Wednesday, October 19, 2011

Forced Selling

What is Forced Selling?

Forced Selling is simply; where your broker, on his own will, sell stocks that belong to you. Yes, that's the process. But there's a story behind it. 

Forced Selling can only occur if you, the investor, buys stocks on broker credit. That means you decide to invest in stocks worth more than what you have actually invested in the stock market by yourself. The broker will usually provide a credit limit up to 50% of your total investment, but this can hugely vary form stock market to another. The next part is settlement of the credit. It's a very short term loan, so it must be paid back. Usually the brokers provide the investor around 3 days (T+3) to settle the credit, but some stock markets may extend this date up to T+5 (5 days). 

So when the settlement date arrives, the investor should have enough money or liquid cash in his portfolio to pay back the broker. The investor could either willingly sell all or portion of his portfolio sufficient to cover the credit or settle the credit with cash directly. But settling with cash seems unlikely since you're already trading on credit. We could opt. to sell our stocks and settle the credit, if the stocks had made us our intended profits. But if the stocks have crumbled, we wouldn't want to sell them. This is where Forced Selling comes.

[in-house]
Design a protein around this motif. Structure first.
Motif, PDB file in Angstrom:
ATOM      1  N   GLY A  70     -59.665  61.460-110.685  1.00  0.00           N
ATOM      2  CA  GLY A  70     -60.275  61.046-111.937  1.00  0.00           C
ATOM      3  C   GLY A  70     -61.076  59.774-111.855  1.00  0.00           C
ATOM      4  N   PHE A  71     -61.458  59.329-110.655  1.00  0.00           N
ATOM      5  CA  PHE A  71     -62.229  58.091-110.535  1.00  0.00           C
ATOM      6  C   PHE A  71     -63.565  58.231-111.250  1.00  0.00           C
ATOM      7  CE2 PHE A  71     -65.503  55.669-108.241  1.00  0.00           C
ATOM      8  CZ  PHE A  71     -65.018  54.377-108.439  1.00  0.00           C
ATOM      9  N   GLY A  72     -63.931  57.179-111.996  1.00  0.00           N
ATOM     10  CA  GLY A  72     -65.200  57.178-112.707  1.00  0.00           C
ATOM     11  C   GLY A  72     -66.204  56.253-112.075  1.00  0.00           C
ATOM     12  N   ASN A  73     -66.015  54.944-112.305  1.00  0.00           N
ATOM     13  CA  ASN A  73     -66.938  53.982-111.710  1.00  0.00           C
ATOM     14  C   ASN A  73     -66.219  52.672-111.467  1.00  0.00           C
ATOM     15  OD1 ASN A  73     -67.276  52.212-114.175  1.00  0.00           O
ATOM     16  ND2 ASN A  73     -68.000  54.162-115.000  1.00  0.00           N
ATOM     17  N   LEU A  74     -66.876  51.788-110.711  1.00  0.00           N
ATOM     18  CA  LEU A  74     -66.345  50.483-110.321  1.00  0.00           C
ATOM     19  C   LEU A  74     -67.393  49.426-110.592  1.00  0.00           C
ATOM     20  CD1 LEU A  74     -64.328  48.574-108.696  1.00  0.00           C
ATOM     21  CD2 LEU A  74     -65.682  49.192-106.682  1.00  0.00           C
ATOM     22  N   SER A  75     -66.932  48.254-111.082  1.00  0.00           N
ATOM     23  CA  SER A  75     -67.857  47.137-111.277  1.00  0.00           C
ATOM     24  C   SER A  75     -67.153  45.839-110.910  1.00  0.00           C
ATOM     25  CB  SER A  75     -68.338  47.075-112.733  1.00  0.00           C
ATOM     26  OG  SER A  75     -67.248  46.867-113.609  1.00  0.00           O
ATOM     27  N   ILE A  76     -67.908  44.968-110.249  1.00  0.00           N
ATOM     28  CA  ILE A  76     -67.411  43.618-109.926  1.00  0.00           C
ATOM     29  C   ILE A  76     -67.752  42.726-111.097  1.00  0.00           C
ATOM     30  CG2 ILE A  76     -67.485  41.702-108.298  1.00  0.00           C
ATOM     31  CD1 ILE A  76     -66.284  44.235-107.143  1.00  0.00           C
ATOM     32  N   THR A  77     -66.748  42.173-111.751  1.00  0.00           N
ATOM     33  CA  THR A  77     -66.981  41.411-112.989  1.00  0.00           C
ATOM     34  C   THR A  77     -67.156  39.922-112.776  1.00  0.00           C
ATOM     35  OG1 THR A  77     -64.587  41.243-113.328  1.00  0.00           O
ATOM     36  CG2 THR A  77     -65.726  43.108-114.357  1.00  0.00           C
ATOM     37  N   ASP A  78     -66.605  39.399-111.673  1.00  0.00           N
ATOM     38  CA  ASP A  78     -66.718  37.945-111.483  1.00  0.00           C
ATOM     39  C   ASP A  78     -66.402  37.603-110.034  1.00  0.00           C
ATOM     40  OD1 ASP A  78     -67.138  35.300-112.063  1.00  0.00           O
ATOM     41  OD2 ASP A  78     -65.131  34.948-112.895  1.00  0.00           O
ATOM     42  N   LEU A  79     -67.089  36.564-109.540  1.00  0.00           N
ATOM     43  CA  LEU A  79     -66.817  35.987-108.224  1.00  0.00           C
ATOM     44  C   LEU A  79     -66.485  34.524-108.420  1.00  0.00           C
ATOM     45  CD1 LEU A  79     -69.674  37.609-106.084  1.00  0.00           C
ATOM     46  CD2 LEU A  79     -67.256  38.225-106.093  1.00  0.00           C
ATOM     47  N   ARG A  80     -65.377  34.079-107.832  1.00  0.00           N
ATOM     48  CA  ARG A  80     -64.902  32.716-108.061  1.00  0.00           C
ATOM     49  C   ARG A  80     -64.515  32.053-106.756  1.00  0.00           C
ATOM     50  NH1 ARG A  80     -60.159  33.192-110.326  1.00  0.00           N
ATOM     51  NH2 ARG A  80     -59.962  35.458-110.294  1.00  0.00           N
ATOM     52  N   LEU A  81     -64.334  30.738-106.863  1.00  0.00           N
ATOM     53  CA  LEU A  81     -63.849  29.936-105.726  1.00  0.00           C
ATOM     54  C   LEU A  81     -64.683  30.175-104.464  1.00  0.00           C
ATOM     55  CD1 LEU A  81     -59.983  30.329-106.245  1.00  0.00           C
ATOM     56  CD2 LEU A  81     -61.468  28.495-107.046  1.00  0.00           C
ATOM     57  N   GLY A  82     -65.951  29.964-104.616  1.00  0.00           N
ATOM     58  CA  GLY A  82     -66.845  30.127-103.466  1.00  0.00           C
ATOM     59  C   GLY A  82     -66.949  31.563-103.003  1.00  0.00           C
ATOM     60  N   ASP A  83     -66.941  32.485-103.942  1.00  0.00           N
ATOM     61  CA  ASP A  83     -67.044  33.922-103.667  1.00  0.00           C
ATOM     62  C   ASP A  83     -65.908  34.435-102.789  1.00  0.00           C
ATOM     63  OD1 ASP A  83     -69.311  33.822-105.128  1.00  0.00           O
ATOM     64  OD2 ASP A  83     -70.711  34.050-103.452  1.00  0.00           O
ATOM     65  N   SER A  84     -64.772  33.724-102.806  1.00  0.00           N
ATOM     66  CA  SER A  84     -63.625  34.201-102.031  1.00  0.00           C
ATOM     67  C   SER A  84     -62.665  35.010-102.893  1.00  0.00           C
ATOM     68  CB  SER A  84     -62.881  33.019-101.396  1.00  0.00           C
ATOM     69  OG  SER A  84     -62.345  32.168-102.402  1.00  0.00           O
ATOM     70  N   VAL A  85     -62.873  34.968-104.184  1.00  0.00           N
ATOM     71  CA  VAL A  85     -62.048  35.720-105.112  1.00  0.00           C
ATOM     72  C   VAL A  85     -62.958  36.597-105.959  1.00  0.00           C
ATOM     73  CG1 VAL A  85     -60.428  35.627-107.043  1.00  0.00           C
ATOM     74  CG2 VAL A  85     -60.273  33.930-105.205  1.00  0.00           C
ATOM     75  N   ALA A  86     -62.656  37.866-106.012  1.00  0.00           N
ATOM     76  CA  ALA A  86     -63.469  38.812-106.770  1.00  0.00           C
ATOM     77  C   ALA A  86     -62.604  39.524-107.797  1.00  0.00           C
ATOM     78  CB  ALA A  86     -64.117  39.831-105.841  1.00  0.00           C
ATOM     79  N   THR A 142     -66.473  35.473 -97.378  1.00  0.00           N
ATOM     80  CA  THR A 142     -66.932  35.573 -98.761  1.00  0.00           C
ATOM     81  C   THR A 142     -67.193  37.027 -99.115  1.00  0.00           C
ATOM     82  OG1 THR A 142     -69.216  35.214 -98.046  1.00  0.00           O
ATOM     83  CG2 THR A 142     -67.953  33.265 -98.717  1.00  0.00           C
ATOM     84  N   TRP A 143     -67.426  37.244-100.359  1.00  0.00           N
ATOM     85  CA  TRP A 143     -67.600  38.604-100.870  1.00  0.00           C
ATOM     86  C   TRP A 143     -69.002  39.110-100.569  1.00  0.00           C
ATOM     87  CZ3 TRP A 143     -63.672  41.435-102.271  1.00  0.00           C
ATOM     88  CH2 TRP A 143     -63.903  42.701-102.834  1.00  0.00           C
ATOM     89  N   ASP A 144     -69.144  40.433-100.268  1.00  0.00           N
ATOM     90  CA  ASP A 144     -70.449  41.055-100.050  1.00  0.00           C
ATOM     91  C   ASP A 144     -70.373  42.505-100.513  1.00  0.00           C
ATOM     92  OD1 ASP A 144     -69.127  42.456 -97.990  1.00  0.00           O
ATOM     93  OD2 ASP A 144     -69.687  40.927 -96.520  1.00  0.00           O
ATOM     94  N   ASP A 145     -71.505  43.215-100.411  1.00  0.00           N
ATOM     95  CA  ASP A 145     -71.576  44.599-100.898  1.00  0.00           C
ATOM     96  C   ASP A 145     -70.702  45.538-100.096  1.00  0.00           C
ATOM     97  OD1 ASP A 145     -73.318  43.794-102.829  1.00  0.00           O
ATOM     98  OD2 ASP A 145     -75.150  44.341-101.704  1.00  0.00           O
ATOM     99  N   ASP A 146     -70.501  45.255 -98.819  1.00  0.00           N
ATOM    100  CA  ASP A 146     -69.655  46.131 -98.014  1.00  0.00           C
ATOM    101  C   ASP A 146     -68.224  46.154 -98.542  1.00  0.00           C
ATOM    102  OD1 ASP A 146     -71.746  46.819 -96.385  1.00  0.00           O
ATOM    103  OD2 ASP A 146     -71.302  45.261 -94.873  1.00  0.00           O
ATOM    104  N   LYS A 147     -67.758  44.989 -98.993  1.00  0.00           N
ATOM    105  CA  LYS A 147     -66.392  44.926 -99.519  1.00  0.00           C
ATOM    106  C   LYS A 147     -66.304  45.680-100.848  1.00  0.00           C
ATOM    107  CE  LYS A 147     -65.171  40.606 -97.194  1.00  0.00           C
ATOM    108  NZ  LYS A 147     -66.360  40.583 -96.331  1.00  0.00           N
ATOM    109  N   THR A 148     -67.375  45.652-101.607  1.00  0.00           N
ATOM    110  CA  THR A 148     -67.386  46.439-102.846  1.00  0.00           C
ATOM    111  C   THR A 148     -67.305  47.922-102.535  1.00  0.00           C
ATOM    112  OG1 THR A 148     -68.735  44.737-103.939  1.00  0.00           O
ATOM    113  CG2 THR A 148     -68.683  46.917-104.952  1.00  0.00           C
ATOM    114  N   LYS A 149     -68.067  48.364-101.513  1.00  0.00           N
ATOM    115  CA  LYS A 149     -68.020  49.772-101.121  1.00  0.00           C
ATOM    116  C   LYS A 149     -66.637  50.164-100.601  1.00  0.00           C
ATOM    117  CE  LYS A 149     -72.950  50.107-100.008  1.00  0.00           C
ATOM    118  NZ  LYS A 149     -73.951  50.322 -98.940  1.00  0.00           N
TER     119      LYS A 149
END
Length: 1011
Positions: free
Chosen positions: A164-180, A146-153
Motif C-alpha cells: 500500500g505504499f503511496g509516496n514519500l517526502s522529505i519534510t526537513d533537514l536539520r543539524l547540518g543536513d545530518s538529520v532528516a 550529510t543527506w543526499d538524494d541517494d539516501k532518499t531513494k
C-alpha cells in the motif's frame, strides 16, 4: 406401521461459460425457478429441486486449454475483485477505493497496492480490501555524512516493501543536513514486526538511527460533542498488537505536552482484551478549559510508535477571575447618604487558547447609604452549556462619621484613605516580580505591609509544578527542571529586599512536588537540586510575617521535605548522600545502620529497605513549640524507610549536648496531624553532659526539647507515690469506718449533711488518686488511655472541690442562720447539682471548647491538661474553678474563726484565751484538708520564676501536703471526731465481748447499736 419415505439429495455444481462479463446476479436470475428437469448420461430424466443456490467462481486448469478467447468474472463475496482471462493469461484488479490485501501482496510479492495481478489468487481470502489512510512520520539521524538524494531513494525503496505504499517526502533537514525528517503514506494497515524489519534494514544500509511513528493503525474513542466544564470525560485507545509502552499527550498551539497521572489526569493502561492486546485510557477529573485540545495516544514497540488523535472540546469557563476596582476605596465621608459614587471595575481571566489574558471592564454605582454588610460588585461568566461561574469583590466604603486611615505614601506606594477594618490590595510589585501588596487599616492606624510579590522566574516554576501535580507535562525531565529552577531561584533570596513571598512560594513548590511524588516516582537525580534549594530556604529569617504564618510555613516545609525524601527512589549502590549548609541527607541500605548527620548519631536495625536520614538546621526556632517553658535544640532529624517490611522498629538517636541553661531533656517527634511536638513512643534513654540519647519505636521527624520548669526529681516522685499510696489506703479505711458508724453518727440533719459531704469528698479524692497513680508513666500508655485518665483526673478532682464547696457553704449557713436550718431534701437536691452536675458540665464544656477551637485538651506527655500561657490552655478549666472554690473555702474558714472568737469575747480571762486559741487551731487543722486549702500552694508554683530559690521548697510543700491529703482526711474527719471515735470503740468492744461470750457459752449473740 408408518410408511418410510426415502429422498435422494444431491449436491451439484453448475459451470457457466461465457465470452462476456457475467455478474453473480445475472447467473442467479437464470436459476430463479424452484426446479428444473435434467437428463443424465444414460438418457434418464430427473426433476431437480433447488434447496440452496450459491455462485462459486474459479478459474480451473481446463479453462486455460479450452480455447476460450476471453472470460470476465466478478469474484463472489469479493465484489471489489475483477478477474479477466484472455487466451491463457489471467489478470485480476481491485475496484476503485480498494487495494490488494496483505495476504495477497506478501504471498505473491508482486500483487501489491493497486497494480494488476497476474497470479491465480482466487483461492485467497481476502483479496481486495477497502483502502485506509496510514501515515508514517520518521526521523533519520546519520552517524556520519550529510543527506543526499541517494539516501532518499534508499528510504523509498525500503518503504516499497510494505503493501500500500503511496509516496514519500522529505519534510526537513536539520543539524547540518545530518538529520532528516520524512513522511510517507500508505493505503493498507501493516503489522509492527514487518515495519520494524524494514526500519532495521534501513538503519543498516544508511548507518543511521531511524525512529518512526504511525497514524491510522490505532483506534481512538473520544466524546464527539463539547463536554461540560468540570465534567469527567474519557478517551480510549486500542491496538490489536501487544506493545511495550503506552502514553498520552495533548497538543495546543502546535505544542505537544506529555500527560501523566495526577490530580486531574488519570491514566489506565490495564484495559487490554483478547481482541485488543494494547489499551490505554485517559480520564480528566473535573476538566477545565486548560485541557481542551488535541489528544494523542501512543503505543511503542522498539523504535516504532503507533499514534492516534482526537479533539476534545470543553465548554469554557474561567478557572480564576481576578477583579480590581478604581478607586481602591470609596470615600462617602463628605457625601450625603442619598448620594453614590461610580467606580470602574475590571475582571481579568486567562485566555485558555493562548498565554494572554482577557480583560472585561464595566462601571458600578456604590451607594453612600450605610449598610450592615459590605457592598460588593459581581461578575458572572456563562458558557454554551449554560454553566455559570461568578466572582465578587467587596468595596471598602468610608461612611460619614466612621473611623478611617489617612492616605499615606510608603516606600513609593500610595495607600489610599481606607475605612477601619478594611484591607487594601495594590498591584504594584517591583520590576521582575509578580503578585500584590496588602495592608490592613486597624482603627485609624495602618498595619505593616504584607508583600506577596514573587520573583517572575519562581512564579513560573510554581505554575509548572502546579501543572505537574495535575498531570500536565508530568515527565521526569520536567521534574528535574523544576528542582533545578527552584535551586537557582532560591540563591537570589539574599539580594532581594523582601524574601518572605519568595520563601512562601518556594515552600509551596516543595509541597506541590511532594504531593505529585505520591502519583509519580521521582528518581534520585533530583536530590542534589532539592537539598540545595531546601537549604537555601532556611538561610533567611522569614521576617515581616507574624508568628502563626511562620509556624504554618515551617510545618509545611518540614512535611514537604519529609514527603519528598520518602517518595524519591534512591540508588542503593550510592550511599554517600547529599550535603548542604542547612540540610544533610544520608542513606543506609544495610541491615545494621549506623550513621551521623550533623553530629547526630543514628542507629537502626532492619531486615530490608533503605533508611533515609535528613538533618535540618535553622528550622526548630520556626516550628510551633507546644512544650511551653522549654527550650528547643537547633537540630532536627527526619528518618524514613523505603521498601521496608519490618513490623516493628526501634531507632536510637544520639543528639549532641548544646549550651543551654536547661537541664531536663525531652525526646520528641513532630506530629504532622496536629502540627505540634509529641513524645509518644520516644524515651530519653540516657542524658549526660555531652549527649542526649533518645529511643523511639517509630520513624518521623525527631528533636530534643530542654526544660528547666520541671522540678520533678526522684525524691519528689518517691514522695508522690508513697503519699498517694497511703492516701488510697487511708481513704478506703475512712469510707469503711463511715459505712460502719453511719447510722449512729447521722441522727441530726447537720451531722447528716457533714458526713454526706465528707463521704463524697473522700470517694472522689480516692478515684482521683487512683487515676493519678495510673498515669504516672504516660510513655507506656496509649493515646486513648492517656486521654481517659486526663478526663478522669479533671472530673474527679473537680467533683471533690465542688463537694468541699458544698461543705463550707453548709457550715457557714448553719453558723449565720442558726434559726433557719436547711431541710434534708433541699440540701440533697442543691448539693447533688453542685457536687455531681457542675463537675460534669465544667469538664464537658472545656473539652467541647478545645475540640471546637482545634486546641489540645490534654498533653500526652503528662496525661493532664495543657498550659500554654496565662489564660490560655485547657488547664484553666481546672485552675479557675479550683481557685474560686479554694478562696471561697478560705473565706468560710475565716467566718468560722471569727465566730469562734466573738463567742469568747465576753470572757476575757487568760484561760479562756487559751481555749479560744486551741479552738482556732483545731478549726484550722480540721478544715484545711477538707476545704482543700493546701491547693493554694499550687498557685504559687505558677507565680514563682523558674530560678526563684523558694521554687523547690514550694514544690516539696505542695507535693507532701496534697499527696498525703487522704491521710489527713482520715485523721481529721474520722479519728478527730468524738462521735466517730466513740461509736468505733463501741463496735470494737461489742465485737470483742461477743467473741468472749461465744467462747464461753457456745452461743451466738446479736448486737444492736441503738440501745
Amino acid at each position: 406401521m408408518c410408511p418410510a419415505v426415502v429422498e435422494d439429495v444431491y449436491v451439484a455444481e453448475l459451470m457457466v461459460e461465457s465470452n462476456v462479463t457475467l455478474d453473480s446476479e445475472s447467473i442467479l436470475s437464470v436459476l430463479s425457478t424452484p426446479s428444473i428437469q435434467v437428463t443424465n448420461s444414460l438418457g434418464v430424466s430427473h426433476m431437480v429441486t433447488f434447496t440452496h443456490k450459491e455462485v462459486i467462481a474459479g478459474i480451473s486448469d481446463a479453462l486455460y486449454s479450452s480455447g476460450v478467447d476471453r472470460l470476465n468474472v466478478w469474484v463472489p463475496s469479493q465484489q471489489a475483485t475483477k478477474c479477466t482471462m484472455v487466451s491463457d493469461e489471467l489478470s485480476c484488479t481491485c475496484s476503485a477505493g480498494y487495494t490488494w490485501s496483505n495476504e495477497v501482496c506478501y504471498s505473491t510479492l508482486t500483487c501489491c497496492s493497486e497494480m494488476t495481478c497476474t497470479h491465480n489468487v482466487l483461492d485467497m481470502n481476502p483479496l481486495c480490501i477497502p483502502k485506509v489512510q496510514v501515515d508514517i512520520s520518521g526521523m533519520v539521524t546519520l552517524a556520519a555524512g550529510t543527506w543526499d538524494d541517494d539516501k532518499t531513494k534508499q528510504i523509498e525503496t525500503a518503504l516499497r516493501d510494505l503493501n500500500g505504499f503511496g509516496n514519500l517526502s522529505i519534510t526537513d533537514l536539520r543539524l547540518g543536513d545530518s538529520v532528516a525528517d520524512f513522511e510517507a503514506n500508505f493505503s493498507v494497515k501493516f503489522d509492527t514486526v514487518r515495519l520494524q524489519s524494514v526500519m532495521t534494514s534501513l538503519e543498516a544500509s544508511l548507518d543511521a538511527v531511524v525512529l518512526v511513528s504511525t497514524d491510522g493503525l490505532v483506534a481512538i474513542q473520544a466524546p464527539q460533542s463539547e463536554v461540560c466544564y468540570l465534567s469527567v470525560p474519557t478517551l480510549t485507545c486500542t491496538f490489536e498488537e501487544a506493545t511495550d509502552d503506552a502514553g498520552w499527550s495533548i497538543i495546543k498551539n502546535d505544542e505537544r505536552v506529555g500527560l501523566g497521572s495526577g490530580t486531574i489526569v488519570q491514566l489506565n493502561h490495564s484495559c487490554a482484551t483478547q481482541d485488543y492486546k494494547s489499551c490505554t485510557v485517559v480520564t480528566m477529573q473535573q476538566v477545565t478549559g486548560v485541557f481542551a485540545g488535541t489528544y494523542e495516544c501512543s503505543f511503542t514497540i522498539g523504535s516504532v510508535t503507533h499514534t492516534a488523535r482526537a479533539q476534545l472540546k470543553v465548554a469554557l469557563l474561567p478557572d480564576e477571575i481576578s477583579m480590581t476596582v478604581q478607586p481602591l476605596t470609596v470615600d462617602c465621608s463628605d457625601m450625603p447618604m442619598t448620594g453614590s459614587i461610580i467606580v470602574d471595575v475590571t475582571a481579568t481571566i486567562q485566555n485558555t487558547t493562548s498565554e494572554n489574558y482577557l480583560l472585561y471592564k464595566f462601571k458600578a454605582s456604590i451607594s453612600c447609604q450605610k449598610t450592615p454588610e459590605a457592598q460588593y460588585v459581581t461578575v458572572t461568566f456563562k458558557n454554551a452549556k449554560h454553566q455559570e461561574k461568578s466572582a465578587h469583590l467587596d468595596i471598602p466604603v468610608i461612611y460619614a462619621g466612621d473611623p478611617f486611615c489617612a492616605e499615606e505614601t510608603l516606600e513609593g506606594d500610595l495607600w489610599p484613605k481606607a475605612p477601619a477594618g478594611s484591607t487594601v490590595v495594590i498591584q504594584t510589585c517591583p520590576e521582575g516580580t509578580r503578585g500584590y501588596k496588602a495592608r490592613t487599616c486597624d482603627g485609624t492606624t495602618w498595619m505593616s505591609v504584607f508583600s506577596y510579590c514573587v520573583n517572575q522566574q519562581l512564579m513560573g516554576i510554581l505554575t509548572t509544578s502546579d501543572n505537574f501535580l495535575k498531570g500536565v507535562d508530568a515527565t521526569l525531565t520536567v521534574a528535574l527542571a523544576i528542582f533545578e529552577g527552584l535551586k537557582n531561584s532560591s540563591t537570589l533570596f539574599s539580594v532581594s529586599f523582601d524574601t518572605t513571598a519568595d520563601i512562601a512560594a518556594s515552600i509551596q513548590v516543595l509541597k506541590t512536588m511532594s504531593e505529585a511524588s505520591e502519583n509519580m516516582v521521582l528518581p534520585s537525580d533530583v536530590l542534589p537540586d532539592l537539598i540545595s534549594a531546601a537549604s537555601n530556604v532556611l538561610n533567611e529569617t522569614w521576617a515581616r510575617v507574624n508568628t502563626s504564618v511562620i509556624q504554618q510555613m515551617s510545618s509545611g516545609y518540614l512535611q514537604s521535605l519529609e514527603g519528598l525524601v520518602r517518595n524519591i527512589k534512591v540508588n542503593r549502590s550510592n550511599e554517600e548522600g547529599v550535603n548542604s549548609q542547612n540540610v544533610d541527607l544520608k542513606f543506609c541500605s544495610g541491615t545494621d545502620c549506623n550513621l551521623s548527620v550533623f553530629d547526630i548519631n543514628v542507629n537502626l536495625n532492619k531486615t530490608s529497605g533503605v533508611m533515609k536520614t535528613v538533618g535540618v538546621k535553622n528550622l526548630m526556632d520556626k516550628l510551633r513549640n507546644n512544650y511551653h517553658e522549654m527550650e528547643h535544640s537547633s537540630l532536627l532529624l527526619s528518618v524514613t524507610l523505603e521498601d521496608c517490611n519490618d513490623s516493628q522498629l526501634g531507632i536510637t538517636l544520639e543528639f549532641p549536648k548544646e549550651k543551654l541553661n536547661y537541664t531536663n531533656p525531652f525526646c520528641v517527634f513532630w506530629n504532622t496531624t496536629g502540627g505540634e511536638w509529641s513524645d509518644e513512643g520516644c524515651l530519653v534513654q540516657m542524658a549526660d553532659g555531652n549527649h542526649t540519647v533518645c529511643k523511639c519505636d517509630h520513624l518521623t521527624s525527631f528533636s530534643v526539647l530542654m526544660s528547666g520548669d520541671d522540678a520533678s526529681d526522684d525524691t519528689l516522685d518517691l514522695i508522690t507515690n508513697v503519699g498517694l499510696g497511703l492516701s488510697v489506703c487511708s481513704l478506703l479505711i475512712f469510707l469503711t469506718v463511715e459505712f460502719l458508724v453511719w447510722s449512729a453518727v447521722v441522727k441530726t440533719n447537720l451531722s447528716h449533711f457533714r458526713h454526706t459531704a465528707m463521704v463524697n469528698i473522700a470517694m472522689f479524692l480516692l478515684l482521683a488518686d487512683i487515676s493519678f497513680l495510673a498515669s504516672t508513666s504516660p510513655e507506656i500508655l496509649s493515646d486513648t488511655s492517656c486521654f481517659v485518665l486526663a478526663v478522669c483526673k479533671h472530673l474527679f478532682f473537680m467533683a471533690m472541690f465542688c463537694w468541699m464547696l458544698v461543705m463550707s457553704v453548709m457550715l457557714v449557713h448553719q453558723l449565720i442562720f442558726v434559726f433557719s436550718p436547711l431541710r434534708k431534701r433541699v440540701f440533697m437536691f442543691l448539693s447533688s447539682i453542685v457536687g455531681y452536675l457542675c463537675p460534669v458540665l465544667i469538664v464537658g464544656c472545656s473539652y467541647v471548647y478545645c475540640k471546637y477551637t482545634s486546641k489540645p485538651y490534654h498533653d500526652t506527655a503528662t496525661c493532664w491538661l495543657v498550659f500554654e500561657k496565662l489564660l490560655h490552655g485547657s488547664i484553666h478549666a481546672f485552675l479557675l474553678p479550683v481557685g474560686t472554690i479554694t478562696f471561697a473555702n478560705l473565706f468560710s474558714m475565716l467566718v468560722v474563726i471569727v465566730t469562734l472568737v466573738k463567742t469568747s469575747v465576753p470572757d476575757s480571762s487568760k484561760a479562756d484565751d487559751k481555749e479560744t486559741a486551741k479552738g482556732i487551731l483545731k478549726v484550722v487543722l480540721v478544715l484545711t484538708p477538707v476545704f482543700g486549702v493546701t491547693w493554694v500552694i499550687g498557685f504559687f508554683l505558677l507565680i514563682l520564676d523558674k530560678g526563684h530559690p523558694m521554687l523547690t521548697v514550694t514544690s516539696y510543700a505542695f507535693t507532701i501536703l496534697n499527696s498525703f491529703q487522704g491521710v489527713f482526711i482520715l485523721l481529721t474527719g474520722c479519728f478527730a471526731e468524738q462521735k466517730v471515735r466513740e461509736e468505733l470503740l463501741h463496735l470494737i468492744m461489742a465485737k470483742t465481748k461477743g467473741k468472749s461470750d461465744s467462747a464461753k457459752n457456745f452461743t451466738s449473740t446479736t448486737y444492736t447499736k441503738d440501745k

If the available credit isn't settled as of the time limit allowed, your broker will have all the powers to sell any portion of your portfolio up to an amount sufficient to cover the credit. This is called Forced Selling, as you are forced to sell your investments to settle the credit. This is a fully legal process and the investor cannot do anything to stop it or take any legal action against it. 

We can understand that this will mostly affect the traders rather than investors. Investors concentrate on the long term and the broker credit facilitates credit up to maximum 5 days only. So traders are the ones who usually get the worst out of this.

This is just another reason why most investment advisers ask the investors not to trade on credit. Unless you are 200% sure of what you're doing, my advice is, don't go for broker credits.    

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